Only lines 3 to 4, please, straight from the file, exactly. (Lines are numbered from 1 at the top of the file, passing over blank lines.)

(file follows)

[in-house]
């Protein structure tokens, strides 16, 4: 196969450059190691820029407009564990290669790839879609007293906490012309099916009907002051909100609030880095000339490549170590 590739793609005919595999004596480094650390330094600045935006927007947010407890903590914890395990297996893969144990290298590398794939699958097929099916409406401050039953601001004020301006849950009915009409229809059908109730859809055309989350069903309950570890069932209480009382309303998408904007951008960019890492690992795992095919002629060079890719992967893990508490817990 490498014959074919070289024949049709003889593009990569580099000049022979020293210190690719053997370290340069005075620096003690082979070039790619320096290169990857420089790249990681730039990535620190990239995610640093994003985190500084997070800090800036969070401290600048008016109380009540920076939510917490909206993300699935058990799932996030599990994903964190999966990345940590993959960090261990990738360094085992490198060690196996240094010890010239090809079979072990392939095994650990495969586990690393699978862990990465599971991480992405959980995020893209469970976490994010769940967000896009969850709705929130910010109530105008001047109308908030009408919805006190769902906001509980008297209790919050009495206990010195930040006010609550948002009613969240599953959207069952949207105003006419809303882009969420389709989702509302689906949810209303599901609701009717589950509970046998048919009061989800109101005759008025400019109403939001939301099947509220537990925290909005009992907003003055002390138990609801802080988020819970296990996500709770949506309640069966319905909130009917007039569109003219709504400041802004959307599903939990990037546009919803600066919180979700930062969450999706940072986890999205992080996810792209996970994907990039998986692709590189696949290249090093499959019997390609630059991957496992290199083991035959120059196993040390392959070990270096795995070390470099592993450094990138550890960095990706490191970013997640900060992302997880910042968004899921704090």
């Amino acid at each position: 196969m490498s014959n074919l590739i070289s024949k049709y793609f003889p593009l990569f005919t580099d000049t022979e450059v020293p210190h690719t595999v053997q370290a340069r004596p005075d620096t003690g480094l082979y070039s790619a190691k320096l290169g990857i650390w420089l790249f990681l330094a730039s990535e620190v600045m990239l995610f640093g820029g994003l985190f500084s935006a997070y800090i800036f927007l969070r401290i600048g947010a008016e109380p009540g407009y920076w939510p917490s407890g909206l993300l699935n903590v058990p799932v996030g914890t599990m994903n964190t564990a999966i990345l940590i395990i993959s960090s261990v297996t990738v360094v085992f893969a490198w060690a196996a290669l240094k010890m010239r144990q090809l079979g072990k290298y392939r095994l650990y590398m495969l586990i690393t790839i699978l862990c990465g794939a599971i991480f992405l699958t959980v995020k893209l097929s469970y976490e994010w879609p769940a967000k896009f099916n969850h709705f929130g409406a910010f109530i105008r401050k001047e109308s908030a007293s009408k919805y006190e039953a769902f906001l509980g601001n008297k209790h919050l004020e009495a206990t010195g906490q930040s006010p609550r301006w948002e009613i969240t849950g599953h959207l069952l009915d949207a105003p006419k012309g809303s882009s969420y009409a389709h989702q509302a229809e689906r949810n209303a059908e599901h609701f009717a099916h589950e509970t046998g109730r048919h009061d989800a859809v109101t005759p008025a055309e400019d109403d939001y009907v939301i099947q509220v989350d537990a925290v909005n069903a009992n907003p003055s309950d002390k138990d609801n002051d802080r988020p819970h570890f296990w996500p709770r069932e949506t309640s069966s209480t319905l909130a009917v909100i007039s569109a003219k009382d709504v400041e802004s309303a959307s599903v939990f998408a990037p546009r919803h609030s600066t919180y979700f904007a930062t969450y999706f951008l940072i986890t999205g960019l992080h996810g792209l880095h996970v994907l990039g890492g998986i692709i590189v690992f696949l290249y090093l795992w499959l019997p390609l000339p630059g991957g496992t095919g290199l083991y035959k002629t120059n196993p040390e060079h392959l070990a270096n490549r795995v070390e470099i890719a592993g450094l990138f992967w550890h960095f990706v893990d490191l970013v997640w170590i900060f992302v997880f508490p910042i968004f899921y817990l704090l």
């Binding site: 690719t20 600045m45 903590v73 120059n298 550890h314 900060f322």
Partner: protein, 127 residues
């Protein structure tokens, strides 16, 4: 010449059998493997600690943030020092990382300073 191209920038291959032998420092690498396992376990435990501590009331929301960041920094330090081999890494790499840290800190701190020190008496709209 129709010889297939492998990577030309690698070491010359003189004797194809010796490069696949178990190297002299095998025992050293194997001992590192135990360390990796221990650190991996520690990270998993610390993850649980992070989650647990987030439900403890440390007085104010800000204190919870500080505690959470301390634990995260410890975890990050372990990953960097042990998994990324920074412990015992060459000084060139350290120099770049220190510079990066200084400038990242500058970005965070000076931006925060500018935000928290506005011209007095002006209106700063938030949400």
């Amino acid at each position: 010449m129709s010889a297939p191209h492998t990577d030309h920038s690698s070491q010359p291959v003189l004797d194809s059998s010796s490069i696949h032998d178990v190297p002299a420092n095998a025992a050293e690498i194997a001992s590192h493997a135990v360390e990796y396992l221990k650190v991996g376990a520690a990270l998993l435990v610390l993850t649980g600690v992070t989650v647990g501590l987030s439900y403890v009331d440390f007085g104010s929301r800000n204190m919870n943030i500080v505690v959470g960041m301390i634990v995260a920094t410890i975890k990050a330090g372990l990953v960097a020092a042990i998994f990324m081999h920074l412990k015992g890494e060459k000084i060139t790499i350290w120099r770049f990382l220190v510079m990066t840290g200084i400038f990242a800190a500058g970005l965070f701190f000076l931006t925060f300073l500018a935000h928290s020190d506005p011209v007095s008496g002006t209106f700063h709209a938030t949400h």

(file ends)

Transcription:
């Amino acid at each position: 196969m490498s014959n074919l590739i070289s024949k049709y793609f003889p593009l990569f005919t580099d000049t022979e450059v020293p210190h690719t595999v053997q370290a340069r004596p005075d620096t003690g480094l082979y070039s790619a190691k320096l290169g990857i650390w420089l790249f990681l330094a730039s990535e620190v600045m990239l995610f640093g820029g994003l985190f500084s935006a997070y800090i800036f927007l969070r401290i600048g947010a008016e109380p009540g407009y920076w939510p917490s407890g909206l993300l699935n903590v058990p799932v996030g914890t599990m994903n964190t564990a999966i990345l940590i395990i993959s960090s261990v297996t990738v360094v085992f893969a490198w060690a196996a290669l240094k010890m010239r144990q090809l079979g072990k290298y392939r095994l650990y590398m495969l586990i690393t790839i699978l862990c990465g794939a599971i991480f992405l699958t959980v995020k893209l097929s469970y976490e994010w879609p769940a967000k896009f099916n969850h709705f929130g409406a910010f109530i105008r401050k001047e109308s908030a007293s009408k919805y006190e039953a769902f906001l509980g601001n008297k209790h919050l004020e009495a206990t010195g906490q930040s006010p609550r301006w948002e009613i969240t849950g599953h959207l069952l009915d949207a105003p006419k012309g809303s882009s969420y009409a389709h989702q509302a229809e689906r949810n209303a059908e599901h609701f009717a099916h589950e509970t046998g109730r048919h009061d989800a859809v109101t005759p008025a055309e400019d109403d939001y009907v939301i099947q509220v989350d537990a925290v909005n069903a009992n907003p003055s309950d002390k138990d609801n002051d802080r988020p819970h570890f296990w996500p709770r069932e949506t309640s069966s209480t319905l909130a009917v909100i007039s569109a003219k009382d709504v400041e802004s309303a959307s599903v939990f998408a990037p546009r919803h609030s600066t919180y979700f904007a930062t969450y999706f951008l940072i986890t999205g960019l992080h996810g792209l880095h996970v994907l990039g890492g998986i692709i590189v690992f696949l290249y090093l795992w499959l019997p390609l000339p630059g991957g496992t095919g290199l083991y035959k002629t120059n196993p040390e060079h392959l070990a270096n490549r795995v070390e470099i890719a592993g450094l990138f992967w550890h960095f990706v893990d490191l970013v997640w170590i900060f992302v997880f508490p910042i968004f899921y817990l704090l």
């Binding site: 690719t20 600045m45 903590v73 120059n298 550890h314 900060f322």